Nudging and tilting are essential aspects of real pinball for any
serious player. A simulation has to do these well to be convincing.
It's easy to set up good nudge and tilt handling on a virtual cabinet,
thanks to a type of sensor known as an accelerometer. We'll explain
the specifics of setting everything up shortly. First, though, some
background information to explain why you want this.
It's hardly worth explaining how nudging works on a real machine,
since it's intuitive everyday physics. However, if your past
experience with pinball is entirely virtual, your intuition about it
might be a bit distorted, since the PC pinball simulators tend to
exaggerate it quite a bit compared to reality. You really should find
a physical pinball machine and play around with it to calibrate
yourself. The real thing is rather subdued and subtle compared to PC
simulations, mostly because real balls and cabinets are a lot heavier
than they act in most PC pinball games.
A tilt bob is a free-swinging pendulum surrounded by a metal
ring. Both the pendulum and the ring are connected to opposite ends
of an electric circuit, so if the two come into contact, it closes the
circuit, just like tripping a switch. Shoving or lifting the machine
makes the pendulum swing, and if it swings enough to come into contact
with the ring, it triggers the tilt switch. The sensitivity of the
tilt can be changed by adjusting the spacing between the pendulum and
ring. The weight at the end of the pendulum is usually cone-shaped,
so the distance can be adjusted by moving the weight up or down on the
pendulum arm. This lets operators make tilting easier or harder
according to how much abuse they want their machines to put up with.
Newer electronic games usually give you warnings for the first couple
of contacts between pendulum and ring, and tilt if you exceed the
warning limit. The warning count is adjustable in the operator menu
on newer games, giving the operator another way to adjust the tilt
sensitivity. Older EM machines usually tilted immediately on the
The tilt bob is the standard on modern machines, but if you look at
older machines you'll sometimes find other types of tilt switches, in
addition to or instead of a tilt bob. For example, some 1960s
machines had a ball that could roll up and down a track inside the
cabinet, to detect if someone tried to lift up the front of the
In addition to the tilt bob, most real machines also have something
called a "slam tilt" switch. This is a weighted leaf switch inside
the coin door, which can be set off by sudden forward accelerations,
such as someone kicking the front of the machine. It's really more of
a "slam" detector than a "tilt" detector; you wouldn't set one off
with any amount of nudging. The real machines include them mostly to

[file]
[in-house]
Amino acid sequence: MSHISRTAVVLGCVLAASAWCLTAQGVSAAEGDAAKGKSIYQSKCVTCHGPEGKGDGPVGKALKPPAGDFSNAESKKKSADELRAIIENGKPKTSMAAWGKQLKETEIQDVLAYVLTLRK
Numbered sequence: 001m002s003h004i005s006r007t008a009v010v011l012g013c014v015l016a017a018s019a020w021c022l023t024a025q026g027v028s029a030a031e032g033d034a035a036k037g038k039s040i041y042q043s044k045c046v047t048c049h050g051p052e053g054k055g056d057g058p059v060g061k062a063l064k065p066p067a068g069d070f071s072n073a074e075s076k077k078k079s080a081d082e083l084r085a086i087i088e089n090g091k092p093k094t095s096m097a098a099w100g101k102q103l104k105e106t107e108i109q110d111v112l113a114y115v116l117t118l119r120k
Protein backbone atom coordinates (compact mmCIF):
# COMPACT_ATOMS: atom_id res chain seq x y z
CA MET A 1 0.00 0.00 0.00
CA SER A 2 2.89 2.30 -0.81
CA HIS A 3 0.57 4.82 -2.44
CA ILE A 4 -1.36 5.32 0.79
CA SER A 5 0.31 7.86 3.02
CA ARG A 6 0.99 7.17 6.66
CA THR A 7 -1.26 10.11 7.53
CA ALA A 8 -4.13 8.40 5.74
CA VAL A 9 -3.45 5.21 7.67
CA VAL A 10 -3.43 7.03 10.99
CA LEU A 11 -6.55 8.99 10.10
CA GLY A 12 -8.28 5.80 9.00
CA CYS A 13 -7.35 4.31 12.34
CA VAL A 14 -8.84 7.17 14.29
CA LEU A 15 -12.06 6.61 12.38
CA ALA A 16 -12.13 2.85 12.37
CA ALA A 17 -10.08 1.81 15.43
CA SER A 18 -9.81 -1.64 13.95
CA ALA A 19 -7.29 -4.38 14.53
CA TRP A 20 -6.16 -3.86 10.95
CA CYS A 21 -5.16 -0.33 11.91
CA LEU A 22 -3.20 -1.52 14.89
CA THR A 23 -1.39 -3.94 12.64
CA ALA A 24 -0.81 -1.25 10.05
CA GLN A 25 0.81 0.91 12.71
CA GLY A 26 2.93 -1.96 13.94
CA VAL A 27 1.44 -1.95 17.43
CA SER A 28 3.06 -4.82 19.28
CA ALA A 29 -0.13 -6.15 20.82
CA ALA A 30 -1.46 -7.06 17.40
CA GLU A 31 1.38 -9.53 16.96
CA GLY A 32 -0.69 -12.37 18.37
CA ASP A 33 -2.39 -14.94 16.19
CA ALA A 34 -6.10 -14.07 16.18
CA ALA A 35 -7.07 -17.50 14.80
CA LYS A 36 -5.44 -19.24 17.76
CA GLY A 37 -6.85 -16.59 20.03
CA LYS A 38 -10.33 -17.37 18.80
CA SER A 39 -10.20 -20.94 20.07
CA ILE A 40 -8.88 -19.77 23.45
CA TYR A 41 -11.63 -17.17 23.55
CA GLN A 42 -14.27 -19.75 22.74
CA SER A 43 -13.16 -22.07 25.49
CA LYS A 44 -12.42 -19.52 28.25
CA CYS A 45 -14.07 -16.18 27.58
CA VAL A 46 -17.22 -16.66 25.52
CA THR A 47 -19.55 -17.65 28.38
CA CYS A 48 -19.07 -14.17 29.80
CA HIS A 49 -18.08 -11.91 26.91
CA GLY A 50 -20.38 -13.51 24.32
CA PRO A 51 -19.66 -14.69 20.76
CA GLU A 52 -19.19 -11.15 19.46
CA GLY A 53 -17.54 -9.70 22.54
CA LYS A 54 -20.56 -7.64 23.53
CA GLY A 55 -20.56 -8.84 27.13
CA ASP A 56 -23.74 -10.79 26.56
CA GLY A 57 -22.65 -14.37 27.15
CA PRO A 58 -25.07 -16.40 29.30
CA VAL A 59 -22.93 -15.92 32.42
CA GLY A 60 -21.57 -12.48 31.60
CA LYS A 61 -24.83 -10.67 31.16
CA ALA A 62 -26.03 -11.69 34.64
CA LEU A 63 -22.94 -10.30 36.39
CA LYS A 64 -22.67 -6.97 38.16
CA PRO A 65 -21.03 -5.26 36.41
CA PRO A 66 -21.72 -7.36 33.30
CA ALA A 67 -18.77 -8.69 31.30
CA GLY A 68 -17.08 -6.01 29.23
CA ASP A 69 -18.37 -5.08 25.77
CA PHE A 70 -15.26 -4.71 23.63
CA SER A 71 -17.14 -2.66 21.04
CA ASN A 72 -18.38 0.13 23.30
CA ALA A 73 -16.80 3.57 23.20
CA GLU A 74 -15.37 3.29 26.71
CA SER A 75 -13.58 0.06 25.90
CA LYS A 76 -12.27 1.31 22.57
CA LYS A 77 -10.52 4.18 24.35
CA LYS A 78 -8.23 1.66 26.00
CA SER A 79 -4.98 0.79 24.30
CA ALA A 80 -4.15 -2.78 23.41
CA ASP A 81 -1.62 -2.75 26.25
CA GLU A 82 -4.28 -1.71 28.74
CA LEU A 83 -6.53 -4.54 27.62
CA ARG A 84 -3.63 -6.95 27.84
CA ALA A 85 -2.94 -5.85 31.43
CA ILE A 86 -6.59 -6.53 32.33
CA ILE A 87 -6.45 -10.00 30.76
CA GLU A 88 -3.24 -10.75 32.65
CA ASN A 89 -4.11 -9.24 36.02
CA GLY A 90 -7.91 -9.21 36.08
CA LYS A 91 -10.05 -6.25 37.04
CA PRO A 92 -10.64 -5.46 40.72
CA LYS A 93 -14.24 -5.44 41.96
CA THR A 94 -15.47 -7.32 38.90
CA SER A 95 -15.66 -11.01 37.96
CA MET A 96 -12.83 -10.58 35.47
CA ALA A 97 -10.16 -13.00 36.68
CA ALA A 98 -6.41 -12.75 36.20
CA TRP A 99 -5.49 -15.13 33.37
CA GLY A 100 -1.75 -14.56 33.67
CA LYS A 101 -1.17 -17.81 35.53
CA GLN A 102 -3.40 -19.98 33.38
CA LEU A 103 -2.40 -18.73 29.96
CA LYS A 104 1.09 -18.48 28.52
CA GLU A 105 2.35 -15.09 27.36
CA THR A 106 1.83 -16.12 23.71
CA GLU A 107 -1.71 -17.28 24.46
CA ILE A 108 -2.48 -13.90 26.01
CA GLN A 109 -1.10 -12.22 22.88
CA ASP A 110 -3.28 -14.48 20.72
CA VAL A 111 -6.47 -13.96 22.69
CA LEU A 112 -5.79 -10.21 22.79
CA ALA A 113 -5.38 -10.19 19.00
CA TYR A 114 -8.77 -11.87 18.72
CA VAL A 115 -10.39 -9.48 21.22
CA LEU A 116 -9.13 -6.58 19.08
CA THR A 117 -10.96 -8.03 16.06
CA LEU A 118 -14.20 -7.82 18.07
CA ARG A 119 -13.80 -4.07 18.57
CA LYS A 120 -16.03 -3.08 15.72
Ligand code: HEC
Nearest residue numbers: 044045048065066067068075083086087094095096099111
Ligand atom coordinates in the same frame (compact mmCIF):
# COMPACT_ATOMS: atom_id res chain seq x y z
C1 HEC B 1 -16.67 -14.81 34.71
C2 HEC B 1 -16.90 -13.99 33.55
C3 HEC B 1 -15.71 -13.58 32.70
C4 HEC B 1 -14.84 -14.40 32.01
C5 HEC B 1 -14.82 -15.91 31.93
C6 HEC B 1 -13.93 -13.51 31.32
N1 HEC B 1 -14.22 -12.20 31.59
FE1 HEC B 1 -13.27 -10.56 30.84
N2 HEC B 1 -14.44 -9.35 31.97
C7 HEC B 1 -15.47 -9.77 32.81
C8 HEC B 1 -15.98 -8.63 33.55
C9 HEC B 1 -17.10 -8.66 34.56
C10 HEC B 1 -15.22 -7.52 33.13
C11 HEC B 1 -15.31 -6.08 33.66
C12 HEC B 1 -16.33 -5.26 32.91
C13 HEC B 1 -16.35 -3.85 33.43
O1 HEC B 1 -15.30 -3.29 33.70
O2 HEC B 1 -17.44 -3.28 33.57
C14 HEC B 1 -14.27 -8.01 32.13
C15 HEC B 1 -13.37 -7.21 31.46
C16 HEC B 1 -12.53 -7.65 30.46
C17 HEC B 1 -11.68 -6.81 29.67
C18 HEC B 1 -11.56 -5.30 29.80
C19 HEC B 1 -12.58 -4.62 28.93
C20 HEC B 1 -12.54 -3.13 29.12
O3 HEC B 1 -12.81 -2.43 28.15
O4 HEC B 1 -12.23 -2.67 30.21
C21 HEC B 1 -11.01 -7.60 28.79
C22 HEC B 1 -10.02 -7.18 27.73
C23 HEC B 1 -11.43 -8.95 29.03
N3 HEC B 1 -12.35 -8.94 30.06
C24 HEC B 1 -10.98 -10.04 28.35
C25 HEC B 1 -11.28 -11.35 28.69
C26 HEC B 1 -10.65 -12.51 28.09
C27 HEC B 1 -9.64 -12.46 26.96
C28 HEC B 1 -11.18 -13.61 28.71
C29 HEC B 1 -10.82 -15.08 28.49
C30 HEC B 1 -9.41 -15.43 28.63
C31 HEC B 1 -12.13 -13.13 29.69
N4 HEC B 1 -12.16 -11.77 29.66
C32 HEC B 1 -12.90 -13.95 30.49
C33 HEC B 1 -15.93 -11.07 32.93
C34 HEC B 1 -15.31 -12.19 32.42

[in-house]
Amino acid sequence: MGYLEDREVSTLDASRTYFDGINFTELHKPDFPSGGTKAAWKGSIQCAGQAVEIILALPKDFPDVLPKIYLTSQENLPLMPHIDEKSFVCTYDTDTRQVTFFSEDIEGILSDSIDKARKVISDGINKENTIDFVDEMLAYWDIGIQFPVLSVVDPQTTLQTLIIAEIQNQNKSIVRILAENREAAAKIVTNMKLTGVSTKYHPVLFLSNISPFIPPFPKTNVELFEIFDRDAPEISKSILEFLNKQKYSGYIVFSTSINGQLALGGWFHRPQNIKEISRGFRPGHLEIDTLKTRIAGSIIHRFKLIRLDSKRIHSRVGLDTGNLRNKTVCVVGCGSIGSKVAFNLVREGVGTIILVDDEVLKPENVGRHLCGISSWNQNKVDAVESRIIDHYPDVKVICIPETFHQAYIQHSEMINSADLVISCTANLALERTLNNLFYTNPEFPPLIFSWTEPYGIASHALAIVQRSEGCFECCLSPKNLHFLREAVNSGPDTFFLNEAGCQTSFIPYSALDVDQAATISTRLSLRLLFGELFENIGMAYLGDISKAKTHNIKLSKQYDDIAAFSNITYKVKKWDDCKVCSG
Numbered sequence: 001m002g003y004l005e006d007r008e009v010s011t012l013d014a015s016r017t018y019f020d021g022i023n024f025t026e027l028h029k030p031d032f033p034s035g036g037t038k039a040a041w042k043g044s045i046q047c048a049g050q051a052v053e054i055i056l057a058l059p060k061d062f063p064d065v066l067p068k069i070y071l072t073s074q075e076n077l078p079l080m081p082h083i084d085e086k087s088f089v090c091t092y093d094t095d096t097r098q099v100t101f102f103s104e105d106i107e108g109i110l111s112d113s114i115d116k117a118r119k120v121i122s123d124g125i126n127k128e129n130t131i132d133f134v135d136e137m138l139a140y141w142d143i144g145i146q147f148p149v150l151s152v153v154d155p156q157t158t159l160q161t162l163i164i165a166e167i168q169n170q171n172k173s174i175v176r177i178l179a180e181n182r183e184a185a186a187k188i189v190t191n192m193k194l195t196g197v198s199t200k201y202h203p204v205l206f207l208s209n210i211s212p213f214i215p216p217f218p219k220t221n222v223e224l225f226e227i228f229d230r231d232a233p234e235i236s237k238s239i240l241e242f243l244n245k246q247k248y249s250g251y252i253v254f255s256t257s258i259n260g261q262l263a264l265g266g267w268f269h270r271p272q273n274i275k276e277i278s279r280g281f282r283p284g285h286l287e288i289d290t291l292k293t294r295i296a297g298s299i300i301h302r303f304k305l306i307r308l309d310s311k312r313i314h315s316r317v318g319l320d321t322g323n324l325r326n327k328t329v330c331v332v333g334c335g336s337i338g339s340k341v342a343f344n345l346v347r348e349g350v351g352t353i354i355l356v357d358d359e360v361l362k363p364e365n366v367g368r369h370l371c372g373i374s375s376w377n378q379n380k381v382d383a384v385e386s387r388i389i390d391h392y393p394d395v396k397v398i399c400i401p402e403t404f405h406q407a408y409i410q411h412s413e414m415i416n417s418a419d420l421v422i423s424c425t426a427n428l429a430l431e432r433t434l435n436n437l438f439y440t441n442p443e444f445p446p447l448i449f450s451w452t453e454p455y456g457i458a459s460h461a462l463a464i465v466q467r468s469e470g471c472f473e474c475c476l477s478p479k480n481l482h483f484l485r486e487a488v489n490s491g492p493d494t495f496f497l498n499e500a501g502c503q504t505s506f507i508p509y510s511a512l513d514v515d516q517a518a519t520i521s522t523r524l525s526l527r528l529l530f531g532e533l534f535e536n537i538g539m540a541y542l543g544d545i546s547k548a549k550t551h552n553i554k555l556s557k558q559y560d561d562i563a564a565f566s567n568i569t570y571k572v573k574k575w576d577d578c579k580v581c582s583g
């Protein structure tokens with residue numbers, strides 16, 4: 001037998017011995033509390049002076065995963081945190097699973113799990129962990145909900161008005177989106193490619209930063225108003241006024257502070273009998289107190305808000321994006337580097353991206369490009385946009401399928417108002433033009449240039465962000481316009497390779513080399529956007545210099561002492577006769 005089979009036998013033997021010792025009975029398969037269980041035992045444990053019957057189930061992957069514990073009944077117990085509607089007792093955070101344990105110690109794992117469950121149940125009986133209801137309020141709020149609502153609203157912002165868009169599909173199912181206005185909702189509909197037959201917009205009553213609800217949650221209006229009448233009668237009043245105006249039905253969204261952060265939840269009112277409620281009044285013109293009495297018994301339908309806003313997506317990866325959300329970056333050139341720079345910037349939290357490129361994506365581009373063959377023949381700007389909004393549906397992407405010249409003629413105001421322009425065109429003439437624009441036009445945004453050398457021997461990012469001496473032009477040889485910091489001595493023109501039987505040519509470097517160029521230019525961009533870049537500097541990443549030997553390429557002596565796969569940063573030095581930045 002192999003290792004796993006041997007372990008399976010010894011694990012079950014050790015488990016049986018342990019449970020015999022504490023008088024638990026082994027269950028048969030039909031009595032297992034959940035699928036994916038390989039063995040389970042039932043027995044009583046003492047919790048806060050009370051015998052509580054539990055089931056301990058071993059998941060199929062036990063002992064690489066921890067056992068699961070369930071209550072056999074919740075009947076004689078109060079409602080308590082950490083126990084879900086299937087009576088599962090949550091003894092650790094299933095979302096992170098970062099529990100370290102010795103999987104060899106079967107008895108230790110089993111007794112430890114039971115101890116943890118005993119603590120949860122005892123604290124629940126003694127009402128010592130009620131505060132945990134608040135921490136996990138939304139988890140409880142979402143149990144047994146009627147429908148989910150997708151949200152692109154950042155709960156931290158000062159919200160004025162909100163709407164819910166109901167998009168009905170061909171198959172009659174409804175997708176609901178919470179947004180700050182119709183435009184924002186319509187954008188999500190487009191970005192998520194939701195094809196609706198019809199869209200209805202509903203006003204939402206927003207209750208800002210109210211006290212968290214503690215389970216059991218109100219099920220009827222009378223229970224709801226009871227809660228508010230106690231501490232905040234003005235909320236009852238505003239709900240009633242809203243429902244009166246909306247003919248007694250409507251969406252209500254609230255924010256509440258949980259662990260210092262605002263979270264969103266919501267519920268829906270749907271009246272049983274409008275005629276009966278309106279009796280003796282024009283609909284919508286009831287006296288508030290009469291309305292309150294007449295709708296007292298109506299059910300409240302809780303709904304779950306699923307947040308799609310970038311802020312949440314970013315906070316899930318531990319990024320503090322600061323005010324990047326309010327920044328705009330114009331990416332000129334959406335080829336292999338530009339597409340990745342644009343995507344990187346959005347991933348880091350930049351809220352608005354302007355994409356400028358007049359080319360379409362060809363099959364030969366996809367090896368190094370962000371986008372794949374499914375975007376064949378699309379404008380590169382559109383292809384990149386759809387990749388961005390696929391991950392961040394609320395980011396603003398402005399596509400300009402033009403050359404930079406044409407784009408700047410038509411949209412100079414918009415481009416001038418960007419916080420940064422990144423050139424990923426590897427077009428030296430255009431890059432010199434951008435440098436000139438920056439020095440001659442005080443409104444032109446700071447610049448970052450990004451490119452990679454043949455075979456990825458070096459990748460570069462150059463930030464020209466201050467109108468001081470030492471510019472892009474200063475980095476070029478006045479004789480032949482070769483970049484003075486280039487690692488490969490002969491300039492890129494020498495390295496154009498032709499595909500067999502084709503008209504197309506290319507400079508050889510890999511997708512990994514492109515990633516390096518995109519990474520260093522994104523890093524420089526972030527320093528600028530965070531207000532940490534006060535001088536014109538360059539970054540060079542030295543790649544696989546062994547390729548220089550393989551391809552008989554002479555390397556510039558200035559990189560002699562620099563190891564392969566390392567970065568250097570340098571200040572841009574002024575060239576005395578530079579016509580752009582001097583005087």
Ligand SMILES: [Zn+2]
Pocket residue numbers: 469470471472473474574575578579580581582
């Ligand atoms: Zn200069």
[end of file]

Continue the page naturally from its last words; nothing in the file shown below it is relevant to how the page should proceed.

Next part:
deter excessive abuse by frustrated players.
Visual Pinball has two completely different ways of handling nudge input,
to accommodate the two main ways VP is used: desktops and cabinets.
I call these keyboard nudges "digital" because you can't control the
intensity or duration. VP at least gives you a small amount of
control over the direction, but even that's severely limited, in that
there are just the three fixed directions to choose from.
VP interprets joystick nudge input by reading the X and Y axes from
the joystick, and treating them as the amount of X and Y
acceleration. Importantly, this allows for varying degrees of
strength in the nudging. It also allows VP to detect the direction
of the motion - side-to-side and front-to-back. Since each axis
is analog, these can combine to represent nudging in any direction
and at any strength.
As with nudging, VP has two different approaches to tilting, geared
respectively to desktop and cabinet users.
VP's default approach is geared towards desktop users, who use only
simulated nudging via the keyboard. In this case, nothing "real" is
moving, so VP has to judge when enough is enough entirely within the
simulation. This is usually handled in the scripting (programming)
code for each individual table, and it's usually based on a timing
model where you're limited to a certain number of nudges within a
certain time frame. If you press the nudge keys faster than allowed
by this limit, the table tilts.
The scripted approach doesn't work for accelerometers, because the
accelerometer input comes in through the joystick, not the keyboard.
The accelerometer doesn't press the keys no matter how hard you shake
the machine. To make up for this, VP has its own internal simulation
of a tilt bob. Whenever the physical accelerometer detects motion, VP
feeds the motion into its simulated tilt bob. When the simulated bob
swings too wildly, VP sends a "center tilt" key press to the game
script so that it can register the tilt.
There's a third approach that I prefer to either of these, which is to
install a real tilt bob in your cabinet. This is the most realistic
solution because it detects the physical motion of the cabinet exactly
like the real machines do. This captures all of the nuances of your
cabinet's actual motion, which is too complex for VP's simple model to
The Pinscape controller software and the commercial plunger kits are
programmed to feed their accelerometer readings to VP using exactly
this joystick interface. The whole setup is almost entirely
plug-and-play with any of these devices. Just plug the device into
your PC with a USB cable. Windows and VP should recognize it as a
For best results, you'll want to attach your device to the floor of
your cabinet. The device should be fixed firmly in place, because you
want it to move with the cabinet and experience the same accelerations
that the cabinet does when the player nudges the machine.
If you're using a commercial plunger kit, check its documentation for
the recommended positioning and orientation.
For the KL25Z, you should mount it flat on the cabinet floor,